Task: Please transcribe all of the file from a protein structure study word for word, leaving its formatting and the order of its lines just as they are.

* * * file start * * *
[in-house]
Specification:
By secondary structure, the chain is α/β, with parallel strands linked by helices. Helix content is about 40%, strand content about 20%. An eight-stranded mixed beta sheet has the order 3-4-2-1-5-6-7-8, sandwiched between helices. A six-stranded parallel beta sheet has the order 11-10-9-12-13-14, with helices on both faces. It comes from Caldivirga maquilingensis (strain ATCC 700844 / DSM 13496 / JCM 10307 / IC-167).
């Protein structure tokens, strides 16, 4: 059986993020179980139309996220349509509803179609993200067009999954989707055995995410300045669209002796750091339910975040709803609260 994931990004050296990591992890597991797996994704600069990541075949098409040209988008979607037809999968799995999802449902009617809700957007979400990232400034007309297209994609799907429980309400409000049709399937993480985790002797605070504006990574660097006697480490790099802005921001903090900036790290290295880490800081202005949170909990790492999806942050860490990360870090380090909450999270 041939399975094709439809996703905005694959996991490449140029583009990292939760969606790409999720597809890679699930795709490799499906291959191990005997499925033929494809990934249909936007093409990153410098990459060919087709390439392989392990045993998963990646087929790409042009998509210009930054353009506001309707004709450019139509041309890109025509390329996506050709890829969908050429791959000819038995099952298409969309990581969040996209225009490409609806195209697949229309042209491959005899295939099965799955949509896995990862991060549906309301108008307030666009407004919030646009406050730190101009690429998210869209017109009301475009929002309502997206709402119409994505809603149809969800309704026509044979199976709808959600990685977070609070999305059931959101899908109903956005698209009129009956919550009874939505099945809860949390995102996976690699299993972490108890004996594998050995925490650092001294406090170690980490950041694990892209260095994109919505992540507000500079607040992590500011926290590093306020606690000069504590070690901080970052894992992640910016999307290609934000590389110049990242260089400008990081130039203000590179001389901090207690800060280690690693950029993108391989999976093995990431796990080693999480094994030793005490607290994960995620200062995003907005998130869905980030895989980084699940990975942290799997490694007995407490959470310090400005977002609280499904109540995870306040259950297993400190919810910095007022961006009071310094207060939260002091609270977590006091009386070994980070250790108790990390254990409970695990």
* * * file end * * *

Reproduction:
[in-house]
Specification:
By secondary structure, the chain is α/β, with parallel strands linked by helices. Helix content is about 40%, strand content about 20%. An eight-stranded mixed beta sheet has the order 3-4-2-1-5-6-7-8, sandwiched between helices. A six-stranded parallel beta sheet has the order 11-10-9-12-13-14, with helices on both faces. It comes from Caldivirga maquilingensis (strain ATCC 700844 / DSM 13496 / JCM 10307 / IC-167).
């Protein structure tokens, strides 16, 4: 059986993020179980139309996220349509509803179609993200067009999954989707055995995410300045669209002796750091339910975040709803609260 994931990004050296990591992890597991797996994704600069990541075949098409040209988008979607037809999968799995999802449902009617809700957007979400990232400034007309297209994609799907429980309400409000049709399937993480985790002797605070504006990574660097006697480490790099802005921001903090900036790290290295880490800081202005949170909990790492999806942050860490990360870090380090909450999270 041939399975094709439809996703905005694959996991490449140029583009990292939760969606790409999720597809890679699930795709490799499906291959191990005997499925033929494809990934249909936007093409990153410098990459060919087709390439392989392990045993998963990646087929790409042009998509210009930054353009506001309707004709450019139509041309890109025509390329996506050709890829969908050429791959000819038995099952298409969309990581969040996209225009490409609806195209697949229309042209491959005899295939099965799955949509896995990862991060549906309301108008307030666009407004919030646009406050730190101009690429998210869209017109009301475009929002309502997206709402119409994505809603149809969800309704026509044979199976709808959600990685977070609070999305059931959101899908109903956005698209009129009956919550009874939505099945809860949390995102996976690699299993972490108890004996594998050995925490650092001294406090170690980490950041694990892209260095994109919505992540507000500079607040992590500011926290590093306020606690000069504590070690901080970052894992992640910016999307290609934000590389110049990242260089400008990081130039203000590179001389901090207690800060280690690693950029993108391989999976093995990431796990080693999480094994030793005490607290994960995620200062995003907005998130869905980030895989980084699940990975942290799997490694007995407490959470310090400005977002609280499904109540995870306040259950297993400190919810910095007022961006009071310094207060939260002091609270977590006091009386070994980070250790108790990390254990409970695990």